I've been known as Rob/Robert/Bob/Bobby/Bobo(!?), I'm from Cardiff, Wales and I'm currently studying Creative Computer Game Design at Swansea Metropolitan University (Was named Swansea Institute of Higher Education, I still prefer that name personally, you don't have to be institutionalised to work in the games industry, but I suspect it helps), in fact I'm typing this from a hotel room at Brighton where I'm currently attending this years Develop conference (And wishing I'd chosen a hotel slightly further from the main streets, its a bit loud out there tonight).

    I'm particularly interested in the depth of gameplay that arises from co-operative and larger scale versus warfare (That means, far more players on the battlefield than 32 vs 32) and a strong belief in giving the player as much choice as possible.
    For instance, take the Master of Orion games, the original was fast, slightly simple but most of all fun, the sequels had greater complexity and multiplayer but started to get bogged down by the complexities - But why are we insisting that the players have a deep or simplified game in each release, why not have a sort of sectioned pie chart during universe creation where the major elements are divided down (EG ship building, ship combat, planet management, etc) and allows the player(s) a choice between a deeper complex game or a fast paced fun game, providing complexity scales needn't cause significant duplicated work either, if done right. And it naturally complements a modular game design, because at each complexity scale you essentially plug/unplug a different module.

    Oh, and whilst I'm here, I noted from one of the sessions today that apparently we put too many light sources into games - Why put a light in every alcove of a porch when a single appropriately bounced sky light can do the job for you whilst also making it faster and easier to make changes to the fewer lights and possibly even make the environment feel more real in the process.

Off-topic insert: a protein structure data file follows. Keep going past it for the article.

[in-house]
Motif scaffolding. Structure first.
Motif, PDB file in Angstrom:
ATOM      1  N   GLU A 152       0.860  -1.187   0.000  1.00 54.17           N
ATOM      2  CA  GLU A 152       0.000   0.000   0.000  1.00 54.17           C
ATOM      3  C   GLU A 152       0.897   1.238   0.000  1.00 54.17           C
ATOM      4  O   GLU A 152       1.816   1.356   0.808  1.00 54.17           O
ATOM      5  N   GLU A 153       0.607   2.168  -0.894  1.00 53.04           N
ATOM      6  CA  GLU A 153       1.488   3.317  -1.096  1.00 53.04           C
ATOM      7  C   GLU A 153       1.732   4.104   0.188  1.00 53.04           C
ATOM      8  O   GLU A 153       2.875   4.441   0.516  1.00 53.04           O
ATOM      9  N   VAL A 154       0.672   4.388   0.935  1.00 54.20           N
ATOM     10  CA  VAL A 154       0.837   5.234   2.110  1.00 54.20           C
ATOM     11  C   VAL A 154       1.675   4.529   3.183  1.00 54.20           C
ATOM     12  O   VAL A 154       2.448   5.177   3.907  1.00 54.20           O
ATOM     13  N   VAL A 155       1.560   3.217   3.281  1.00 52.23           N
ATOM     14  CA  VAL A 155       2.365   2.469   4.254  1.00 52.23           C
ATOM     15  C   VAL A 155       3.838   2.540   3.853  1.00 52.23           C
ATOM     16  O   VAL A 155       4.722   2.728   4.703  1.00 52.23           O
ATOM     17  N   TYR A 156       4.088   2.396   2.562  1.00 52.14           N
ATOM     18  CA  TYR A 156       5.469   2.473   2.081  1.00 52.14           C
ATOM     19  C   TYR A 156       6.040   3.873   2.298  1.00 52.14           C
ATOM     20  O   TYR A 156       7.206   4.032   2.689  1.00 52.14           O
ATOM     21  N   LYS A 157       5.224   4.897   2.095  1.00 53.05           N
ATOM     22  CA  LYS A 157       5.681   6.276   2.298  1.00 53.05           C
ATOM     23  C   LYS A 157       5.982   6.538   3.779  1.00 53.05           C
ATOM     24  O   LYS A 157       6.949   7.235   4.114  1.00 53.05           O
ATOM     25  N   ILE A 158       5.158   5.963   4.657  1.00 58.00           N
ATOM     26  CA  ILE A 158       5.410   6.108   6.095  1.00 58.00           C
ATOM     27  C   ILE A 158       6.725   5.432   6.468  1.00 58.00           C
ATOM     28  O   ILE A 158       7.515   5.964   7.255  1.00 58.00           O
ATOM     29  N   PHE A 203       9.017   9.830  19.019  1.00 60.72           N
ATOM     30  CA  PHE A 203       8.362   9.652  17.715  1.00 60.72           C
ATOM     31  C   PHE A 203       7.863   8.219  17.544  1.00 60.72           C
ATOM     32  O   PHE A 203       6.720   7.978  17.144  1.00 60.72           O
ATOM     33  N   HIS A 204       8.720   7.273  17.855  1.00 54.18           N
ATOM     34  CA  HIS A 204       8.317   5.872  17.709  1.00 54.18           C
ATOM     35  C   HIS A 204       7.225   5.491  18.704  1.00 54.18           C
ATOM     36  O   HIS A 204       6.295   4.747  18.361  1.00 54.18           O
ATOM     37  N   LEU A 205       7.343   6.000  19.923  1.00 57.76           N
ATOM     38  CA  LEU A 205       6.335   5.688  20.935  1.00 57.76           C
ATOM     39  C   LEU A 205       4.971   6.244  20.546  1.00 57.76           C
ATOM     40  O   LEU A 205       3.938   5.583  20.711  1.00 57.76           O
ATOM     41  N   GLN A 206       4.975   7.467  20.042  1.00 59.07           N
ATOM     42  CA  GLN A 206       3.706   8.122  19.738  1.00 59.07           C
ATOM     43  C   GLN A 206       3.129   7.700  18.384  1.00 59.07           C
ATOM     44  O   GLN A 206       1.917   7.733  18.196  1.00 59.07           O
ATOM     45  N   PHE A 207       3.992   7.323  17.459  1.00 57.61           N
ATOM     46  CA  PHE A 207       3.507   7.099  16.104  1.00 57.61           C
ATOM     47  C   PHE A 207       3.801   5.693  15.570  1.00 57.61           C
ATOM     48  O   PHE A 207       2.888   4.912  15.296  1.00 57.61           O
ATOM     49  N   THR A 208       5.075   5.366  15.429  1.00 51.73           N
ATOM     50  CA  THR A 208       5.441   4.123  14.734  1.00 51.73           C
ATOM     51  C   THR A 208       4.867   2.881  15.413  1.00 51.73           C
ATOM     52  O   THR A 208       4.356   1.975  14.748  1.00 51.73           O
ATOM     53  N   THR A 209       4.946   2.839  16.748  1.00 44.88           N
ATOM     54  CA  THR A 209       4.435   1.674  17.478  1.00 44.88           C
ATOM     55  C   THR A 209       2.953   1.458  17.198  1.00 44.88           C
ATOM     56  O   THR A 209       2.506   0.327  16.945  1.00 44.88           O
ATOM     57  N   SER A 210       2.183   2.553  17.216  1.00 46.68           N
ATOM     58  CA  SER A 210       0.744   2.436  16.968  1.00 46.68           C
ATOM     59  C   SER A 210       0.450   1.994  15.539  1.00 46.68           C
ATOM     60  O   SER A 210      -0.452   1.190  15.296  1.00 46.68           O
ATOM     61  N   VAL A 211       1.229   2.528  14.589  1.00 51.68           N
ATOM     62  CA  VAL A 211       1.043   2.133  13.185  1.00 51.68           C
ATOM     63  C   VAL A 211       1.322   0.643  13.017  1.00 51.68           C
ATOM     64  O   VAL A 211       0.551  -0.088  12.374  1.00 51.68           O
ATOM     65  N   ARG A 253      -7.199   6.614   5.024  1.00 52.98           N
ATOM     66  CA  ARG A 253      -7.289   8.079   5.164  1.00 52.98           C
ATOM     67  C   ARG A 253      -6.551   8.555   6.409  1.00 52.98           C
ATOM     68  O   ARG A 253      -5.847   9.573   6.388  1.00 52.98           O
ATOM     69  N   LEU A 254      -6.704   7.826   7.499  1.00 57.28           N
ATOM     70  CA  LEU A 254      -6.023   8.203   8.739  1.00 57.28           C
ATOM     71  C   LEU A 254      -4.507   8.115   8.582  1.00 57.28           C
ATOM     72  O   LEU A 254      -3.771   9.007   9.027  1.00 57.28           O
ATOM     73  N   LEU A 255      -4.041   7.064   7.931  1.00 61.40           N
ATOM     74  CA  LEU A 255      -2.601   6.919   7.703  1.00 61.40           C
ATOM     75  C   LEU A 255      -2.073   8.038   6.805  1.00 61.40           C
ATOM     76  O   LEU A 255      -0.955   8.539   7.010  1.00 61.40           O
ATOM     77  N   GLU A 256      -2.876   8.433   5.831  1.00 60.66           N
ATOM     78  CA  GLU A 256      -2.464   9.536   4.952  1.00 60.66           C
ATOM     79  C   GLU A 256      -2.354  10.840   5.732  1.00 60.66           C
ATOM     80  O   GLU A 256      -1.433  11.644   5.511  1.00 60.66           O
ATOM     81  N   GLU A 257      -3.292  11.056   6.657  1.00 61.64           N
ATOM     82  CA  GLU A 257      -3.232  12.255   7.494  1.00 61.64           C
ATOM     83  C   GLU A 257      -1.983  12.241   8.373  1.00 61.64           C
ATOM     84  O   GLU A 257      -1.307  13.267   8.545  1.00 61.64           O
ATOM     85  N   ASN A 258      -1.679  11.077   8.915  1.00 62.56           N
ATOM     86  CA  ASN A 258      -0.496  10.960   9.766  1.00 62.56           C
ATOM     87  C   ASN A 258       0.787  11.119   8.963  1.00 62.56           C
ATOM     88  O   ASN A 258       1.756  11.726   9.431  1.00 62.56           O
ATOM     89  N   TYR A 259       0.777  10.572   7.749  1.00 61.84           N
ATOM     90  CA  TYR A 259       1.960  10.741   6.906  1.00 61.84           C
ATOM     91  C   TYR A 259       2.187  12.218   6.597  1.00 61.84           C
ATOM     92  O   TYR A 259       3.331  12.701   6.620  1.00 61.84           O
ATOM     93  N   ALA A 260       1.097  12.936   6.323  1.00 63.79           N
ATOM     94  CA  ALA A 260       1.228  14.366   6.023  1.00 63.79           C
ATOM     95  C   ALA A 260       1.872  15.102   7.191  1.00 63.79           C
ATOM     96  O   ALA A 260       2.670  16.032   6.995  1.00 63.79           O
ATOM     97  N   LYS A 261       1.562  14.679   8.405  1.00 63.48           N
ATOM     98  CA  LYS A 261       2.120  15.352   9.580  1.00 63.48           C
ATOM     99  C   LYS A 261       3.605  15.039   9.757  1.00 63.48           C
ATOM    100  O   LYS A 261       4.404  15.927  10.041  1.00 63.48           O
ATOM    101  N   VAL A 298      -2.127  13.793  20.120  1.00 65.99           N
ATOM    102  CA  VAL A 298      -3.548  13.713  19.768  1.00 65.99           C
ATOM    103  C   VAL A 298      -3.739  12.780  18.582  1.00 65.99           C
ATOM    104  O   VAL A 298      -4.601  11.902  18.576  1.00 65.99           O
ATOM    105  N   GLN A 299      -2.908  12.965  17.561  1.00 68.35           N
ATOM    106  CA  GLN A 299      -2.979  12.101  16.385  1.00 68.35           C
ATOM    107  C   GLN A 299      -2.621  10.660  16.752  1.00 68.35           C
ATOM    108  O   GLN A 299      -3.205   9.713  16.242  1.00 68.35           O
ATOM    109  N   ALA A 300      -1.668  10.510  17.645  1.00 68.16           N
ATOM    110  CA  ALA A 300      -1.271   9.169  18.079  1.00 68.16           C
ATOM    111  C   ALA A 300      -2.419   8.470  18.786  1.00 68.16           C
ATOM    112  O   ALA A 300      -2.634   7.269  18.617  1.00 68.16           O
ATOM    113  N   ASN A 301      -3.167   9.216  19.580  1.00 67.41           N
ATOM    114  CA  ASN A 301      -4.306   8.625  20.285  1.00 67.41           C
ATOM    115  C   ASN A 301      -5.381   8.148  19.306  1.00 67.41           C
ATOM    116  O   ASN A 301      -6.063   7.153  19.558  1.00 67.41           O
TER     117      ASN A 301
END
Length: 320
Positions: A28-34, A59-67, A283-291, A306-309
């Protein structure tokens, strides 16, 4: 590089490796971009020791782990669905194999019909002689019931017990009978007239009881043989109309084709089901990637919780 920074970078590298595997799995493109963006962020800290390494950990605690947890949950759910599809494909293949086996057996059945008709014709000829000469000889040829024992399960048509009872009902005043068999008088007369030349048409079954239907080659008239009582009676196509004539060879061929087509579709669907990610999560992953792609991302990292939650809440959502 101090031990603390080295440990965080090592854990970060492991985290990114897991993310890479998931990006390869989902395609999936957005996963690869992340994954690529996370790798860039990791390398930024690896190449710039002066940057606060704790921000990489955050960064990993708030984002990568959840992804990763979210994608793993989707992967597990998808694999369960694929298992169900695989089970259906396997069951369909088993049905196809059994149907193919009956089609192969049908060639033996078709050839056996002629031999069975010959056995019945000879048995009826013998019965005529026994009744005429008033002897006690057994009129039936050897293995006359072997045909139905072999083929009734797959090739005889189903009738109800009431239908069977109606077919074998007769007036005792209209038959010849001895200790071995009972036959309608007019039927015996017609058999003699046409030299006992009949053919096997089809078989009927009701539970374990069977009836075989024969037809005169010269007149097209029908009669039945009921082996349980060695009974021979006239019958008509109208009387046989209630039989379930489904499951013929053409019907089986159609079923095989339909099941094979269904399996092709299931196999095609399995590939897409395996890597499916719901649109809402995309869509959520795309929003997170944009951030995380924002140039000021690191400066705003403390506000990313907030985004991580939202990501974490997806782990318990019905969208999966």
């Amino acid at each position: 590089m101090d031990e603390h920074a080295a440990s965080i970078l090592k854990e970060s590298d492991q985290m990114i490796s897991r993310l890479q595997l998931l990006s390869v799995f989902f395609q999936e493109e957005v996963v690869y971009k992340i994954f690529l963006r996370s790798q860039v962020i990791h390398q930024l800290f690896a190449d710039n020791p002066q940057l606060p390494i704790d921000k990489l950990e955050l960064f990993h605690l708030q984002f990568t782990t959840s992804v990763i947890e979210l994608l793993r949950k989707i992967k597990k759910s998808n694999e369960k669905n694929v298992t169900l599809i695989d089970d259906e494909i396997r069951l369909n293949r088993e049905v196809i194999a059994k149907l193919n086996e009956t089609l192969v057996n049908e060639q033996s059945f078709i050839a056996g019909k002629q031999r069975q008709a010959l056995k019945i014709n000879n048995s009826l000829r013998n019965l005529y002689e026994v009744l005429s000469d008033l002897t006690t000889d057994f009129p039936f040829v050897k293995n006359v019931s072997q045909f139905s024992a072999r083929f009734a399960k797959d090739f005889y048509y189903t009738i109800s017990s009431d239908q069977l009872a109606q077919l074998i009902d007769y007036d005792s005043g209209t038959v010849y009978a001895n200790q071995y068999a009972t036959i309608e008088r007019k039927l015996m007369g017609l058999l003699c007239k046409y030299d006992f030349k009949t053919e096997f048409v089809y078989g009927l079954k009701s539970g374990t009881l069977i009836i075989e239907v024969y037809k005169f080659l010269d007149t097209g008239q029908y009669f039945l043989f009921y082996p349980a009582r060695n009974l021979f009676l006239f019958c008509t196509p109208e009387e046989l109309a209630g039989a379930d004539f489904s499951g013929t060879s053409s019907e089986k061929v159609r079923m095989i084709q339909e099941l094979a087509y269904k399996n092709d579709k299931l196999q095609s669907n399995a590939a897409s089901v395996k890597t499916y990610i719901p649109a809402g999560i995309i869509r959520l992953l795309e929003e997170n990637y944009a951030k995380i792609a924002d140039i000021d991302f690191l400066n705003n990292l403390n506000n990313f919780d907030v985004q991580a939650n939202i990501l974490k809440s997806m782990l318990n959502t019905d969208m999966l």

24. #99
    Originally Posted by MissDenton
    Welcome to the boards.

    We have an introduction thread here:
    http://forums.eidosgames.com/showthread.php?t=77919

    *Maybe Romeo can edit the thread title to include "Introduce Yourself"? The present "Who Are You?" may not sound so inviting to a new member, hehe. *

    Small world! Which part of West Wales are you from? I'm guessing you are referring to either Pembrokeshire or Carmarthenshire?


    EDIT
    Thank you for moving post and amending thread title.

    Oops, sorry, lol. I guess I didn't see the introduction thread before I posted, thank you to whomever moved it . Hi there Miss Denton (love the name-wish mine had been more imaginative now, lol), good to hear from another welsh player, . I'm actually from a little further north than Pembrokeshire or Carmarthenshire, was born in Aberystwyth, Ceredigion. Where are you?

  25. #100
    Originally Posted by Cr4sh
    *lol*

    Name's Josua or just Josh, 20, living in Germany, near Dresden (East Germany :P ).
    Hallo Josh
    Wusst ich doch, dass ich nicht der einzige Deutsche hier bleibe. Gruß an die Elbe ;-)